2015/11/30 Leave a comment
Always interesting to read Savoie’s observations.
A good list of fundamental questions facing the public service:
A change in government in itself will not address the malaise confronting the public service. It can, however, open a window to answering fundamental questions about organizing government.
If nothing belongs to a single department any more, should we still rely on traditional line departments to come up with policy proposals and deliver public services? Should government have self-governing delivery arms tied to policy centres led by ministers? If government departments and agencies cannot retain revenues or their budget, how can we expect them to remain frugal? How can we streamline accountability requirements? How can we isolate, at least some government operations, so that missteps become lessons learned for managers rather than “gotcha” fodder for the blame game? How can we improve relations between ministers and the public service, government and Parliament?
Dealing with fundamental questions will force senior government officials to go beyond giving the appearance of change while standing still. The question needs the attention of at least some senior ministers and some senior public servants operating away from the demands of the day. Past reform attempts have sadly ignored Parliament, which may offer some explanations for their failure.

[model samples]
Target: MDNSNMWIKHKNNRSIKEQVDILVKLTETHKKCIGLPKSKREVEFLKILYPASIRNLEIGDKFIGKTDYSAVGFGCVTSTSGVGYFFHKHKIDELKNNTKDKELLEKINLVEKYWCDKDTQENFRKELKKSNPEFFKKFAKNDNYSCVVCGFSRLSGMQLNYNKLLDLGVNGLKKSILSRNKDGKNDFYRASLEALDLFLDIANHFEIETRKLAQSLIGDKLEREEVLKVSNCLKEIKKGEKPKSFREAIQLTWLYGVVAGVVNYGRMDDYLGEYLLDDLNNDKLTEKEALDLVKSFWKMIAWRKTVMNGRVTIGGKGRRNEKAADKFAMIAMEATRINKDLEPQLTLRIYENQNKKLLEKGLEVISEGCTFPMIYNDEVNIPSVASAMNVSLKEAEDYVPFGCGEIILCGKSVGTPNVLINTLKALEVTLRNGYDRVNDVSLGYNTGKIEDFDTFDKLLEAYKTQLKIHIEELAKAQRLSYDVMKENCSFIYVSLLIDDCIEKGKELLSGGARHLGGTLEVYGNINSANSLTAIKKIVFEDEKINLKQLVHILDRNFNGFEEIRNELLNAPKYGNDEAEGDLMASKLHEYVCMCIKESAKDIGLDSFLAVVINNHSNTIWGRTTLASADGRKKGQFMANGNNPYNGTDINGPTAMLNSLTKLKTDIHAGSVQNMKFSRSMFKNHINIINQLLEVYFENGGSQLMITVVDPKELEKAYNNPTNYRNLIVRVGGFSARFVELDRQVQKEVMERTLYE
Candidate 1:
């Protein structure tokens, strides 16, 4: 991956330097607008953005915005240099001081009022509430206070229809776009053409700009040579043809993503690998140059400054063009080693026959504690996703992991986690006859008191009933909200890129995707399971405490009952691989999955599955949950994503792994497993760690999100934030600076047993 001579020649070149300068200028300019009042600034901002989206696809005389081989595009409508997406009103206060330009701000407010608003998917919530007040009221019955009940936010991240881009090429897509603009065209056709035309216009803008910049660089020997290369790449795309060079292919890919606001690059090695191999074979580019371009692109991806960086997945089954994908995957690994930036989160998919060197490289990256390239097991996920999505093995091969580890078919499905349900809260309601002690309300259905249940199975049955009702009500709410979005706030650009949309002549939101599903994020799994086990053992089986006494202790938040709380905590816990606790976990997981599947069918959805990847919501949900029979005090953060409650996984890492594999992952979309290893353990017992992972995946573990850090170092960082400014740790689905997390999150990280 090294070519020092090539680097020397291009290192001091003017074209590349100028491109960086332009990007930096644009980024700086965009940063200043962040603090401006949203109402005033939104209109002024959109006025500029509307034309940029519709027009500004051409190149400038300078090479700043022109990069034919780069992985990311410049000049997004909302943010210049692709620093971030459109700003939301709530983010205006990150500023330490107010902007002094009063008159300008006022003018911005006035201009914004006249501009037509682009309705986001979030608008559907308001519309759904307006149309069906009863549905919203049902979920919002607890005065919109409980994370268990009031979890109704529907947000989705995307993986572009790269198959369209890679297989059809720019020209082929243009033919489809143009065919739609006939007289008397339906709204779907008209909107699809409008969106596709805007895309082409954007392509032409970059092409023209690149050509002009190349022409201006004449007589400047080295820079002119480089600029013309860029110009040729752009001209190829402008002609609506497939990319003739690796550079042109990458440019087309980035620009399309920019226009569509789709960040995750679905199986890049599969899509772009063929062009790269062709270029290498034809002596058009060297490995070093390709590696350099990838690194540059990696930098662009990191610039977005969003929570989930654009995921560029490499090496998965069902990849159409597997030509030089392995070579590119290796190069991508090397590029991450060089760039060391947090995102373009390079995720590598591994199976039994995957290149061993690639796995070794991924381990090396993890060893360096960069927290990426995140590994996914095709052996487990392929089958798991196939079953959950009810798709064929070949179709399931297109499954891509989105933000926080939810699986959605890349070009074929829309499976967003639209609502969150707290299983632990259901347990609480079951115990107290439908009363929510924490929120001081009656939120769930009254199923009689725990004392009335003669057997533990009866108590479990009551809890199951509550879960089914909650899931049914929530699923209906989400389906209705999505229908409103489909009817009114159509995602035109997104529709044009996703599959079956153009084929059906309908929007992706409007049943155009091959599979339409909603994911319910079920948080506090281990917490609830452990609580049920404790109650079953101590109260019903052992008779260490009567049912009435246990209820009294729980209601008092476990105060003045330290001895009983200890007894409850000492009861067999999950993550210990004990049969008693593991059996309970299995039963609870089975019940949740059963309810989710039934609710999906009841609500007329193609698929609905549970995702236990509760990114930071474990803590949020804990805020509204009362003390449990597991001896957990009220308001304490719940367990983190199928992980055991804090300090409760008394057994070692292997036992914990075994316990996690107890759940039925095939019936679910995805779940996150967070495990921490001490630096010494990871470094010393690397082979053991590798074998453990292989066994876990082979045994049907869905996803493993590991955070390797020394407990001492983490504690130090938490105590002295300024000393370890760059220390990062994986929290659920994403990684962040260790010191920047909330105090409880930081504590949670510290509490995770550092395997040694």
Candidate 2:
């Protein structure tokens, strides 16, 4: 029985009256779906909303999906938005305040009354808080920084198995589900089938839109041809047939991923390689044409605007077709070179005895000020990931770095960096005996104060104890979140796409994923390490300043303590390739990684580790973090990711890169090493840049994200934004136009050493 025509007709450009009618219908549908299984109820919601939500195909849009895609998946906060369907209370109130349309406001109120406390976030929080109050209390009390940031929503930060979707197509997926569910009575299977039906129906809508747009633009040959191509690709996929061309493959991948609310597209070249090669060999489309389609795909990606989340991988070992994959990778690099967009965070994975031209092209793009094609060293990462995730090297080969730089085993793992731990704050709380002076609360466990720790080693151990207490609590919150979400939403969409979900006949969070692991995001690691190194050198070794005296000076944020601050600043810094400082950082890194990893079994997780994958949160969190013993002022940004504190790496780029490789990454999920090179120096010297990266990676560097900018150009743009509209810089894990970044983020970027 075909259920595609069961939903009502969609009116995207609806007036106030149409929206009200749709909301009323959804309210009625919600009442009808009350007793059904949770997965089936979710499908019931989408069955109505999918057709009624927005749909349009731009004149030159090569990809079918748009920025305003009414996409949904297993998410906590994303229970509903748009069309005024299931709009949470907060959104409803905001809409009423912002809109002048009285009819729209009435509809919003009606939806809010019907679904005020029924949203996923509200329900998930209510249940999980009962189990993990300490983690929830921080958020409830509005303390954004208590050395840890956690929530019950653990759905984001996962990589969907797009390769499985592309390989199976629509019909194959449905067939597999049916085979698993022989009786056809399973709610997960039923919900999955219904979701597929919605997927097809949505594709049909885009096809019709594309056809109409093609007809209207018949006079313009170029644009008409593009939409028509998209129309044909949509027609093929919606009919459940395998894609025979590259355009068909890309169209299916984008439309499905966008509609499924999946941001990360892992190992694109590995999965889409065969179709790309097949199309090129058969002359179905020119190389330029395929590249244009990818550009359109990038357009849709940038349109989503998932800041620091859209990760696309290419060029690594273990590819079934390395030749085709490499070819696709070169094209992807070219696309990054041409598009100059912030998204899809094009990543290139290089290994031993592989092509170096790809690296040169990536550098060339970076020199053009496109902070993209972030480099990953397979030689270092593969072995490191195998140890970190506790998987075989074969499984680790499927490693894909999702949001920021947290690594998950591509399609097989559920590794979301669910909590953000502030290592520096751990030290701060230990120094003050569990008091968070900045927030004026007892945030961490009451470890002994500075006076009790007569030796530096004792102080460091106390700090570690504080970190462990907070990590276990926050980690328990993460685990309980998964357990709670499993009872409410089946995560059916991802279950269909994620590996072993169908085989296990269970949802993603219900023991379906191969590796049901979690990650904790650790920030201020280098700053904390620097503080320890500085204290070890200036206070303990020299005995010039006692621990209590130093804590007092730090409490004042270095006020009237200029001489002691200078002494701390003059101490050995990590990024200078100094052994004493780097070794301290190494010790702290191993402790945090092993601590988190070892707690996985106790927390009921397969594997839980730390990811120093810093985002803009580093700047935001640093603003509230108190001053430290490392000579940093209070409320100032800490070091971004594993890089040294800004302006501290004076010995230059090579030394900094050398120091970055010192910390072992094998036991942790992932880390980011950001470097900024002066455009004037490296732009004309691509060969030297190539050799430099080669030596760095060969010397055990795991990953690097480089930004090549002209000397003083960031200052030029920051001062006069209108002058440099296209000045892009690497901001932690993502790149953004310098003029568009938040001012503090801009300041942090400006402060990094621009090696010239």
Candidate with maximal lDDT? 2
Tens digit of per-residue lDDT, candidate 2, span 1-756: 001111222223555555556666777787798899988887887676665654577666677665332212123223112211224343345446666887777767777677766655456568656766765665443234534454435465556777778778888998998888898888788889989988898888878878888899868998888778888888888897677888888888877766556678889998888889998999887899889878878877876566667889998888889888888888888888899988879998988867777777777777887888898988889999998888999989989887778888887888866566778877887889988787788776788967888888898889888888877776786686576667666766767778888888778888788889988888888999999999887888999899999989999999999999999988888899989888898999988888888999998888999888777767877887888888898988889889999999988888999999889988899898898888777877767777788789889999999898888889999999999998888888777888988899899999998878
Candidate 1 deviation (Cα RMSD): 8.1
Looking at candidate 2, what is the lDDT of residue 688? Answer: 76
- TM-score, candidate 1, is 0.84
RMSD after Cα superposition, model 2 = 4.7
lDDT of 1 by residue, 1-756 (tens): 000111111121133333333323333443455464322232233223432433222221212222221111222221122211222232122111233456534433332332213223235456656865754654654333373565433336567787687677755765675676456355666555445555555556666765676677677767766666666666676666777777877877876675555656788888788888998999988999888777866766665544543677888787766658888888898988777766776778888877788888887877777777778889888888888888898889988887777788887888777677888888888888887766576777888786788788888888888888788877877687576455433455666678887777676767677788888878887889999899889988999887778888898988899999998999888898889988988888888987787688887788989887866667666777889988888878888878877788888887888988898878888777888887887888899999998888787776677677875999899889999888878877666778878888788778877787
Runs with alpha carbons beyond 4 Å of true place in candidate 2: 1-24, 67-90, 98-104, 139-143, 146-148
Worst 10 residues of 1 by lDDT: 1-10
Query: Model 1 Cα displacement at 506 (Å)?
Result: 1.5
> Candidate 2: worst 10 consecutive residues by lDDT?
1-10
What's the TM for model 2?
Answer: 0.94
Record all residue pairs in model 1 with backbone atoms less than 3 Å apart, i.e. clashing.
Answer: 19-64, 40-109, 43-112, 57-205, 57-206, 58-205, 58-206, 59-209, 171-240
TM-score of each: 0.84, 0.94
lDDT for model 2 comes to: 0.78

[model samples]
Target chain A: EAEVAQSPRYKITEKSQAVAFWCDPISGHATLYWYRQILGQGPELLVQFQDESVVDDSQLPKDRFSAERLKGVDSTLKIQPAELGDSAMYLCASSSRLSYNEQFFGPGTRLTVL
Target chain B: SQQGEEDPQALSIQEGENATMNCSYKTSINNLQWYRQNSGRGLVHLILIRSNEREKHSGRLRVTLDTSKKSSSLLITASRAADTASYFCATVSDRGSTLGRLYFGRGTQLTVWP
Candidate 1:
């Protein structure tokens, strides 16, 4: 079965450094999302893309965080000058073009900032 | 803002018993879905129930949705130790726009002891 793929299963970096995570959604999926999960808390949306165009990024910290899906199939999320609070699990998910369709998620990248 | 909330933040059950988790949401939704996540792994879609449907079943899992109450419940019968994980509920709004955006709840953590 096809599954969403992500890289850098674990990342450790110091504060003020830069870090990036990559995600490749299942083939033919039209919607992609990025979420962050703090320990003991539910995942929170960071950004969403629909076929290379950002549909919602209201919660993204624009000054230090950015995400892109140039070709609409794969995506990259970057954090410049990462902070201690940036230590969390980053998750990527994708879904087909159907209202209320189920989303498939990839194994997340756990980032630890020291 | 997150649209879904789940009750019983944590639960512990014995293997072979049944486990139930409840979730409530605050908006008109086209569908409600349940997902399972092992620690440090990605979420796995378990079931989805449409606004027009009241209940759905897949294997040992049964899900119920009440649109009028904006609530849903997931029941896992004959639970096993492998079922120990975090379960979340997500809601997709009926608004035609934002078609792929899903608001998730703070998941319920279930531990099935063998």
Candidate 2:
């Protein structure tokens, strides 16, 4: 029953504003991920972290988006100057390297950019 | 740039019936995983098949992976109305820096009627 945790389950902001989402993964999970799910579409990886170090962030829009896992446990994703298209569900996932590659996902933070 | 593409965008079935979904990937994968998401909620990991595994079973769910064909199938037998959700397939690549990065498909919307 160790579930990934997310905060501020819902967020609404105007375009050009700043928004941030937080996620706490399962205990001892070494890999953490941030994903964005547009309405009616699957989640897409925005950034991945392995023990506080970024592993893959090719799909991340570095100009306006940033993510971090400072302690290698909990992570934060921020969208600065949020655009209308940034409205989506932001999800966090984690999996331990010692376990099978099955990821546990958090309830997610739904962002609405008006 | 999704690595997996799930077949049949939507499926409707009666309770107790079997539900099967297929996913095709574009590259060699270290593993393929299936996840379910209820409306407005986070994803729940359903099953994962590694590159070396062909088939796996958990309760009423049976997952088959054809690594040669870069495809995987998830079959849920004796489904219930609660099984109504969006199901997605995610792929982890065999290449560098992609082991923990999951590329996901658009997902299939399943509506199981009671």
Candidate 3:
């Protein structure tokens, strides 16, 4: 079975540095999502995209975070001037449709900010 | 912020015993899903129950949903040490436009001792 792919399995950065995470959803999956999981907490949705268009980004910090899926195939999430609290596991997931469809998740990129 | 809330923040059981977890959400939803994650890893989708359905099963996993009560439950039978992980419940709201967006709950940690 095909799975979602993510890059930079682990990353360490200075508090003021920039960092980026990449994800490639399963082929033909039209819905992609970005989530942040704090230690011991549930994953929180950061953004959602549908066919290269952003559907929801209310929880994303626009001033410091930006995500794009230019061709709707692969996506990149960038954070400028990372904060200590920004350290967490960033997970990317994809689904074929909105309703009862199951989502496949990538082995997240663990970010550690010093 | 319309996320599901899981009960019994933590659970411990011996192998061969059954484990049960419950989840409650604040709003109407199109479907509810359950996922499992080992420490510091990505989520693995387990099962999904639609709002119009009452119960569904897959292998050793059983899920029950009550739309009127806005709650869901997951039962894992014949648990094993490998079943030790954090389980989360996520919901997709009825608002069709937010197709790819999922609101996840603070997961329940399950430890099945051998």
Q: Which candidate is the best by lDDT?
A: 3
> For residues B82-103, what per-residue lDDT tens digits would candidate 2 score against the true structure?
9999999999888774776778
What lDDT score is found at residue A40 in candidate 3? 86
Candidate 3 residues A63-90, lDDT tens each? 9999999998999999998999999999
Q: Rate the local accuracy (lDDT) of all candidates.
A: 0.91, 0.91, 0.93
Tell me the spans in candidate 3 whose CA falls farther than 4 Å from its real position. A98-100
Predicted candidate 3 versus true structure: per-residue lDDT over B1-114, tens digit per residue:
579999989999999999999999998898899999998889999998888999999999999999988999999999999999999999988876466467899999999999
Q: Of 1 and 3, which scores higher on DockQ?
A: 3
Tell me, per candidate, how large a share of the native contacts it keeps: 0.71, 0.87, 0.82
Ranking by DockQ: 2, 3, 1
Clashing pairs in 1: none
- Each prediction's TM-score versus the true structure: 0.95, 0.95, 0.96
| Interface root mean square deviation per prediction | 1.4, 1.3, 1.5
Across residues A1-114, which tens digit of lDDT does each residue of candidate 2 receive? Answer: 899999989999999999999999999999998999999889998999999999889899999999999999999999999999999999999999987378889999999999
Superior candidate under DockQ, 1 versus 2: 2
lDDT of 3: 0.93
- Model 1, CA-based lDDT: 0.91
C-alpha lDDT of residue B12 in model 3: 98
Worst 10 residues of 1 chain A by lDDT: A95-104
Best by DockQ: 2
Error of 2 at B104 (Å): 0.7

Why not structure a House of Commons committee and ask that it pursue these questions?
Public servants should be encouraging this debate. They should, however, shy away from partisanship, even the appearance of partisanship. The one thing that gives the public service strength, credibility and standing with Canadians and, yes, with politicians, is its non-partisan status and the ability to serve all politicians without fear or favour.
I would add to the list greater awareness and mindfulness of public servant biases and values, rather than just focusing on more avert partisanship, to improve the impartiality and neutrality of advice.